April 12, 2011
Senior develops clothes that can trap poisonous gas
A new Cornell cloth that can selectively trap noxious gases and odors has been fashioned by a senior into a mask and hooded shirts inspired by the military.
The garments use metal organic framework molecules (MOFs) and cellulose fibers that were assembled in assistant fiber science professor Juan Hinestroza's lab to create the special cloth.
MOFs, which are clustered crystalline compounds, can be manipulated at the nanolevel to have cages that are the exact same size as the gas they are trying to capture, said Jennifer Keane '11, a fiber science and apparel design (FSAD) major in the College of Human Ecology.
Keane worked with Hinestroza and fiber science postdoctoral associate Marcia Da Silva Pinto to create the gas-absorbing hood and mask. Some of the basic science behind this project was funded by the U.S. Department of Defense.
"The initial goal of attaching the MOFs to fibers was sponsored by the Defense Threat Reduction Agency. We wanted to harness the power of these molecules to absorb gases and incorporate these MOFs into fibers, which allows us to make very efficient filtration systems," Hinestroza said.
Da Silva Pinto first created MOF fabrics in Hinestroza's lab, working in collaboration with chemists from Professor Omar Yaghi's group at the University of California-Los Angeles; Yaghi is one of the pioneers and leaders of MOF chemistry, said Hinestroza.
At first the process did not work smoothly. "These crystalline molecules are like a powder that cannot easily become part of cloth," Da Silva Pinto noted. After months of trying to attach the particles to the fiber, the researchers realized that, "The key was to bring the fiber to the particle ... It was a real paradigm shift," she said.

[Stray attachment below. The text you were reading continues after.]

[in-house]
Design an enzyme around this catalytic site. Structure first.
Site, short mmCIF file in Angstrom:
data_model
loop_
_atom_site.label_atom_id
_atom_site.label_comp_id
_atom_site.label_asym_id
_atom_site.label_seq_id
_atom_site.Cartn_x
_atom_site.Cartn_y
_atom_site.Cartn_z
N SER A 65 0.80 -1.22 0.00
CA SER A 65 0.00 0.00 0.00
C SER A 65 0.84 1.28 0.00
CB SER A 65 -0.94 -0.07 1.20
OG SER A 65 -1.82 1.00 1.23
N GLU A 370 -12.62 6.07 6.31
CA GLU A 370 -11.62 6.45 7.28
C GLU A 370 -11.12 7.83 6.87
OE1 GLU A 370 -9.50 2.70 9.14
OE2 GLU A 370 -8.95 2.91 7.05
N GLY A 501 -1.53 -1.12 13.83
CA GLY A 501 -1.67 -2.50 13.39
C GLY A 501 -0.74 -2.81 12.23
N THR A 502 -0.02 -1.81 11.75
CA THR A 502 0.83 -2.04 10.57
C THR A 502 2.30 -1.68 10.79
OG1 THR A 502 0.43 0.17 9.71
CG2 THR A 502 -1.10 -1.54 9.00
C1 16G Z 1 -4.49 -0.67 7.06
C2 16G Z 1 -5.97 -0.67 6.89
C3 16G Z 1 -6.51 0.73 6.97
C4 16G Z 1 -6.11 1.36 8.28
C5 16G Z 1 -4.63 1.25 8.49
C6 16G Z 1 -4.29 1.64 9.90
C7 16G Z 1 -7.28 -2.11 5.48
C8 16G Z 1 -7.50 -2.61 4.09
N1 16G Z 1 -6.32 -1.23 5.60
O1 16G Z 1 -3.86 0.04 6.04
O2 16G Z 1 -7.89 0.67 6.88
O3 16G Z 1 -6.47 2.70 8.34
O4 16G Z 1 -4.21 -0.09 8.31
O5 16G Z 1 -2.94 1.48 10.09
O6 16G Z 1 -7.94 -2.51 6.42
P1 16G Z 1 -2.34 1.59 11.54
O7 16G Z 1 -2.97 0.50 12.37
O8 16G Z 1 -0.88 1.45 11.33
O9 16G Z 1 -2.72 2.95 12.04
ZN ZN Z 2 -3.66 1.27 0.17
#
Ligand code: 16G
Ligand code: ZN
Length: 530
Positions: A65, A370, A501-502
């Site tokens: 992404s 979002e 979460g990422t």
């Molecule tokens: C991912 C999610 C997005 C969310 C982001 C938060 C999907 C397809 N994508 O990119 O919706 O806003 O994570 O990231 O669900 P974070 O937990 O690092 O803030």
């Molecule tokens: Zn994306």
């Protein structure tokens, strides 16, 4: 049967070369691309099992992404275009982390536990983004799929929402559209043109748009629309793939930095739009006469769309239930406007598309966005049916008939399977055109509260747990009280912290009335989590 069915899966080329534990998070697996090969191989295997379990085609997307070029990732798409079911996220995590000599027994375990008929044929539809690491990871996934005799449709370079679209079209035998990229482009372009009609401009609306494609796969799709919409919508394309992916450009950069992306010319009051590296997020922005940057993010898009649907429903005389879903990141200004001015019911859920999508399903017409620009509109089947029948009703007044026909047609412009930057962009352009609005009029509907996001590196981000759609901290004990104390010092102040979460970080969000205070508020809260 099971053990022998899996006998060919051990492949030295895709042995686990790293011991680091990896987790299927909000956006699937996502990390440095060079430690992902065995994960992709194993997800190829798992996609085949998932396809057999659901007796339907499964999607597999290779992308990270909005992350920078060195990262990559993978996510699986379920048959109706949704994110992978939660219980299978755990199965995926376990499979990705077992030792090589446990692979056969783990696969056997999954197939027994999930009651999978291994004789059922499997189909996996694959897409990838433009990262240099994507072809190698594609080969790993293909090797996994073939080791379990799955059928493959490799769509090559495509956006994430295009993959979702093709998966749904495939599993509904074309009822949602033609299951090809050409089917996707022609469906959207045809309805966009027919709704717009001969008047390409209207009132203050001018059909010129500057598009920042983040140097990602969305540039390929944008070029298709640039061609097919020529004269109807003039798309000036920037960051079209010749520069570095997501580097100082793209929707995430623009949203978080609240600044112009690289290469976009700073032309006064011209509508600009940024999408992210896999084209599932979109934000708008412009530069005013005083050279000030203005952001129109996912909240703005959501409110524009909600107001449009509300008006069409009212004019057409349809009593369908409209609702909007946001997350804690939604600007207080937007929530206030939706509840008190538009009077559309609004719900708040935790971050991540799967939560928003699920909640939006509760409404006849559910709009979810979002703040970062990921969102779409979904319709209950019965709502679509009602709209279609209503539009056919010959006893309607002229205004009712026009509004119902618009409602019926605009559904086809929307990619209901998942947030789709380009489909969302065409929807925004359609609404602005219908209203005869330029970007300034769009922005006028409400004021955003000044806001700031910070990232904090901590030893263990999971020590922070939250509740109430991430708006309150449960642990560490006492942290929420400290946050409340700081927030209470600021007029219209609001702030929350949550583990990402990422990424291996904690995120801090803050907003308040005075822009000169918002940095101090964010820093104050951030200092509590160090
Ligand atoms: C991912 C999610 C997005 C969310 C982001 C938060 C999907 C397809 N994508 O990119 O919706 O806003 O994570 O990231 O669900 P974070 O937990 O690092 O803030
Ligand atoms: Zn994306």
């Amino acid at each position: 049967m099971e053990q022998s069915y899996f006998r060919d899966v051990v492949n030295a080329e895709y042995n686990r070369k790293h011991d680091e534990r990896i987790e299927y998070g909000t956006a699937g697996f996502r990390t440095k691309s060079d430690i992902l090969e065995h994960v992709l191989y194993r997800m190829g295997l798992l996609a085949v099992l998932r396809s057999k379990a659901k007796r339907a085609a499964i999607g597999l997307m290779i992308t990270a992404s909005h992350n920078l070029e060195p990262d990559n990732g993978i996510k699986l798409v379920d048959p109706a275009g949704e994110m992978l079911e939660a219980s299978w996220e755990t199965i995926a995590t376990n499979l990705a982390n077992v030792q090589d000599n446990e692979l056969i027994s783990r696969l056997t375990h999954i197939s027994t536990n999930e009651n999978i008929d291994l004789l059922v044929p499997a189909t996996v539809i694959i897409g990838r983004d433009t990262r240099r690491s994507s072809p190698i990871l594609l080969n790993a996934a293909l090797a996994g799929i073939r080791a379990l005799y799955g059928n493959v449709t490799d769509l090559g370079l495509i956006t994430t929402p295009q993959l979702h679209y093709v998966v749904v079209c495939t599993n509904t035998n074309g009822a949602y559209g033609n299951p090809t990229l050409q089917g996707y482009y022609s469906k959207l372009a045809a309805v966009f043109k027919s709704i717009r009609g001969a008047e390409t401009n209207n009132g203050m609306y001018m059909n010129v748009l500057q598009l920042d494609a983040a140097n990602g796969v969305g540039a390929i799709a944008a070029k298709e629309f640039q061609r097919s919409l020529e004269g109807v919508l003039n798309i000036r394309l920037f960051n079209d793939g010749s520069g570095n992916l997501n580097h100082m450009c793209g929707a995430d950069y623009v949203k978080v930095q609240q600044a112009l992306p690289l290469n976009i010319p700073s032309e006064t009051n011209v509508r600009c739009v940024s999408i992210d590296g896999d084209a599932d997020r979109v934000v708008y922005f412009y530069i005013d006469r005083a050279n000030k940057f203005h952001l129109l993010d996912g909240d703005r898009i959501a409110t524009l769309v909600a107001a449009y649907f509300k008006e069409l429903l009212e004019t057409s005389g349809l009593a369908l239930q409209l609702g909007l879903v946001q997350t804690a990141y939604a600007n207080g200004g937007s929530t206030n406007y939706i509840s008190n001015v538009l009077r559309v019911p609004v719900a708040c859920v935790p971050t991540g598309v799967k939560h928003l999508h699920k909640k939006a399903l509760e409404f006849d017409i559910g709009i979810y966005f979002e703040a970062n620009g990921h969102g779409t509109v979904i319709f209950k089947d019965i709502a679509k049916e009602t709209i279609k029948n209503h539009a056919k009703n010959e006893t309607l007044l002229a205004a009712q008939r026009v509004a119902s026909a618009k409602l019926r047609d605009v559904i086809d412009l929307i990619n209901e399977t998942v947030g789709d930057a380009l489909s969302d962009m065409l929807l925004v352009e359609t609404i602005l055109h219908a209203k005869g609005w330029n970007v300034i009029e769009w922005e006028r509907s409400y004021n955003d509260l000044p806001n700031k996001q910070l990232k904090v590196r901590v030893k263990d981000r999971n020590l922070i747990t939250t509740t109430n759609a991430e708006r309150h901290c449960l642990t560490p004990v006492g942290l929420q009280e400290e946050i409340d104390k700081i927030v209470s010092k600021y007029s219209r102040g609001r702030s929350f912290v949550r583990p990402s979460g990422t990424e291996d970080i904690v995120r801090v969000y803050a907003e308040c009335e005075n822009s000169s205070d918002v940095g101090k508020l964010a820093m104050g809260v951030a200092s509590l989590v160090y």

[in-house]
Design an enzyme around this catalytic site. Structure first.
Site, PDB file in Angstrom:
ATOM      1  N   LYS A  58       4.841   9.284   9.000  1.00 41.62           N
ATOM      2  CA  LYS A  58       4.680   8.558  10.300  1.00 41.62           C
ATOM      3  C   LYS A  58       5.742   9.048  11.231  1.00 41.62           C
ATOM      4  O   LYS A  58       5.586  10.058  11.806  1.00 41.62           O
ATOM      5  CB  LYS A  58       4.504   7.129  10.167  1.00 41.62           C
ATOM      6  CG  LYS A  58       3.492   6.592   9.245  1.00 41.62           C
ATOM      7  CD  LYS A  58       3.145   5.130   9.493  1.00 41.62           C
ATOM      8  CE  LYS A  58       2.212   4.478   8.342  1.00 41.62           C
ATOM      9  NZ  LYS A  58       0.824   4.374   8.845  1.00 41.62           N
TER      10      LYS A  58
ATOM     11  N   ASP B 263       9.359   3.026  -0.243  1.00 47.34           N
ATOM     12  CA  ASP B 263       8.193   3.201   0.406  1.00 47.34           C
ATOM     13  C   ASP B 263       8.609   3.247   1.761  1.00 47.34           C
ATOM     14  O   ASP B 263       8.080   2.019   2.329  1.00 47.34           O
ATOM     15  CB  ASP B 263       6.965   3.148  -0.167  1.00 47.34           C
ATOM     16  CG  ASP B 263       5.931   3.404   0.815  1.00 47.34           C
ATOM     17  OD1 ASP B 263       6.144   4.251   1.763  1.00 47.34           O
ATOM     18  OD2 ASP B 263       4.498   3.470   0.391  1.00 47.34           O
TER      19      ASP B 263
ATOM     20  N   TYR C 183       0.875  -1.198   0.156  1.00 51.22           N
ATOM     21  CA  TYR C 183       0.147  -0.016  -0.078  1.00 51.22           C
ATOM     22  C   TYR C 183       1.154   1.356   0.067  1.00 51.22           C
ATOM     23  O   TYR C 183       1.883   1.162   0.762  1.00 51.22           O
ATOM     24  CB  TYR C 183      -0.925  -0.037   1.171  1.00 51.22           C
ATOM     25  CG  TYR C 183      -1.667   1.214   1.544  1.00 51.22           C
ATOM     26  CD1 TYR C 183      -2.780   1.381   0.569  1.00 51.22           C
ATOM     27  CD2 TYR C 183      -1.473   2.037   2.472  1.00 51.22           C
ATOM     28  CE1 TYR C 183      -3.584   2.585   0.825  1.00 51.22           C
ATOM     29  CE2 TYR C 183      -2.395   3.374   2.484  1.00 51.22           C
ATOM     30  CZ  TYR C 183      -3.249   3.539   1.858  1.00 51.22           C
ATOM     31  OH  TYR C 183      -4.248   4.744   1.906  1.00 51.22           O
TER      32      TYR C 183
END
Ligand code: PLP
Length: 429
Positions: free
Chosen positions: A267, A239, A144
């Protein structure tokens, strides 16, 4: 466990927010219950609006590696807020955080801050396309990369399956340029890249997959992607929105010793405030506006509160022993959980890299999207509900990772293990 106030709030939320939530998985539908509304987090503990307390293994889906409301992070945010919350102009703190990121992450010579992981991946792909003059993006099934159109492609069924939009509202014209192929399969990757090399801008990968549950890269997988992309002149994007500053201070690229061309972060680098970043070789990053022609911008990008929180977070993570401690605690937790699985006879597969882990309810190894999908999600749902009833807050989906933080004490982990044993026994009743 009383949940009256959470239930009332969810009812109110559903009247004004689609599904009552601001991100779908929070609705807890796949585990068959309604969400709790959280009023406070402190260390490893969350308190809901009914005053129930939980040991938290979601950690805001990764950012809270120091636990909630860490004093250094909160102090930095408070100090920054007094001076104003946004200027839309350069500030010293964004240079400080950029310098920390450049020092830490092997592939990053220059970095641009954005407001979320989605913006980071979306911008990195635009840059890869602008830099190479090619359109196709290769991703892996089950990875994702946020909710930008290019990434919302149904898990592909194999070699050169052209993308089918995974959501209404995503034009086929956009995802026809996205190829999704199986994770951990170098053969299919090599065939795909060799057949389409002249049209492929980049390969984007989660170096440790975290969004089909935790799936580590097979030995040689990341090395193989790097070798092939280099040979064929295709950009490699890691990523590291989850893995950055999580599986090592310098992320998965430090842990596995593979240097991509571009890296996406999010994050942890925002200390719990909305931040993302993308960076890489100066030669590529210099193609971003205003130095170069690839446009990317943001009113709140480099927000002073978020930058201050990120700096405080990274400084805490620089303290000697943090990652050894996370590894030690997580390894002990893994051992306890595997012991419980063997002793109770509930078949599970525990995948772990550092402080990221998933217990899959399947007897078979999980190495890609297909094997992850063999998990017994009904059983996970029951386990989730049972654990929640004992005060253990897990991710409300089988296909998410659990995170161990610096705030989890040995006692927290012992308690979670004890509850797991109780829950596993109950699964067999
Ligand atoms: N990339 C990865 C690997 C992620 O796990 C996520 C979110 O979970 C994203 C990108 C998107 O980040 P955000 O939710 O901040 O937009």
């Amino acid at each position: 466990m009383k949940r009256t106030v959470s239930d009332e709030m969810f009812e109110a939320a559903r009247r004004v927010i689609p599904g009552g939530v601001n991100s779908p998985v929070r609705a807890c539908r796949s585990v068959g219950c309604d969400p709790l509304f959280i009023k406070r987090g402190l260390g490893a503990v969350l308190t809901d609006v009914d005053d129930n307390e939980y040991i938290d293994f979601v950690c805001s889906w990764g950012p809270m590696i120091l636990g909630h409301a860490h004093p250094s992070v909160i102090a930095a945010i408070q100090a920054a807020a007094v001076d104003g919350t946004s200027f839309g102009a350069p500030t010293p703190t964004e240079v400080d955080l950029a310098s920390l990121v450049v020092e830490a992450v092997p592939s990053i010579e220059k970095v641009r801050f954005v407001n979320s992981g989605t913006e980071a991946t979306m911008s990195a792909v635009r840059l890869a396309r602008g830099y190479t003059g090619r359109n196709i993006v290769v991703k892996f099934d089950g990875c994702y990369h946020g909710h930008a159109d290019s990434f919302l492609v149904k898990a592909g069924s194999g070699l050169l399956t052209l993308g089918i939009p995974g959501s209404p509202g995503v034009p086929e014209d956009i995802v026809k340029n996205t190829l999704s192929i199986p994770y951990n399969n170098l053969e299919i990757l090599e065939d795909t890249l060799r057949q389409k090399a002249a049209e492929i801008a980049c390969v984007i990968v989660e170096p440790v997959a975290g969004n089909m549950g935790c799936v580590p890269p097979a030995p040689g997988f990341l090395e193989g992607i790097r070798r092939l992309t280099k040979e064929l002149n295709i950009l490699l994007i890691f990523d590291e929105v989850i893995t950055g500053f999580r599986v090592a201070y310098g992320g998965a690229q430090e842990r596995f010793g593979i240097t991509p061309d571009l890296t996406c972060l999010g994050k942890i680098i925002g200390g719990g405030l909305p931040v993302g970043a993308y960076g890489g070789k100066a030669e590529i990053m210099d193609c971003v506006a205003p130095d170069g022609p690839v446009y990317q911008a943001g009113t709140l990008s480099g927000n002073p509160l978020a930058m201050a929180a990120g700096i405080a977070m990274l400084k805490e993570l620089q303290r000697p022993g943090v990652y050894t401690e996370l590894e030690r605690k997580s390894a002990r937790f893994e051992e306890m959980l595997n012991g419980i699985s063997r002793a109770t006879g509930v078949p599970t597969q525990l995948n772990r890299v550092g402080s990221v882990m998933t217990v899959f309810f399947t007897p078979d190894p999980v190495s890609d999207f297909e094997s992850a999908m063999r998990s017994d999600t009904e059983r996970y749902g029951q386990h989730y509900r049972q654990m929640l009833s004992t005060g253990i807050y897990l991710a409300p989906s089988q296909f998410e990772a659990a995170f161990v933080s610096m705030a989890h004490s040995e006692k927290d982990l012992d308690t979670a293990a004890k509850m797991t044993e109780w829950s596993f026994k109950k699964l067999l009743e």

"Now we can make large surfaces of fabric coated with MOFs, and we are looking at scaling up this technology to nanofibers," said Hinestroza. "This type of work would only be possible at a place like Cornell where you have this unique merging of disciplines, where a fashion designer can interact easily with a chemist or a materials scientist."
Though trained as a chemical engineer, Hinestroza said he likes "to work with designers because they think very differently than scientists. I love that because that's where the real creativity comes, when you have this collision of styles and thinking processes."
Keane, who took Hinestroza's Textiles, Apparel and Innovation class, said she started Cornell as a pre-med major but switched to FSAD because she enjoyed the creative aspect of sewing and designing her own clothing in high school. She has since interned with Nike and recently received a job offer from Adidas.
She noted that while her MOF hood and mask will not be showcased in the upcoming Cornell Fashion Collective spring fashion show at Barton Hall, April 16, 7-9:30 p.m., her line of comfortable women's sportswear will be. It includes many geometric patterns and bright jewel tones.
"It's a lot of knits, jersey and this brushed denim, which is really soft ... It was based off of jewelry designs that I saw in Italy," she said.
Elizabeth Simpson '14 is a writer intern for the Cornell Chronicle.
Susan S. Lang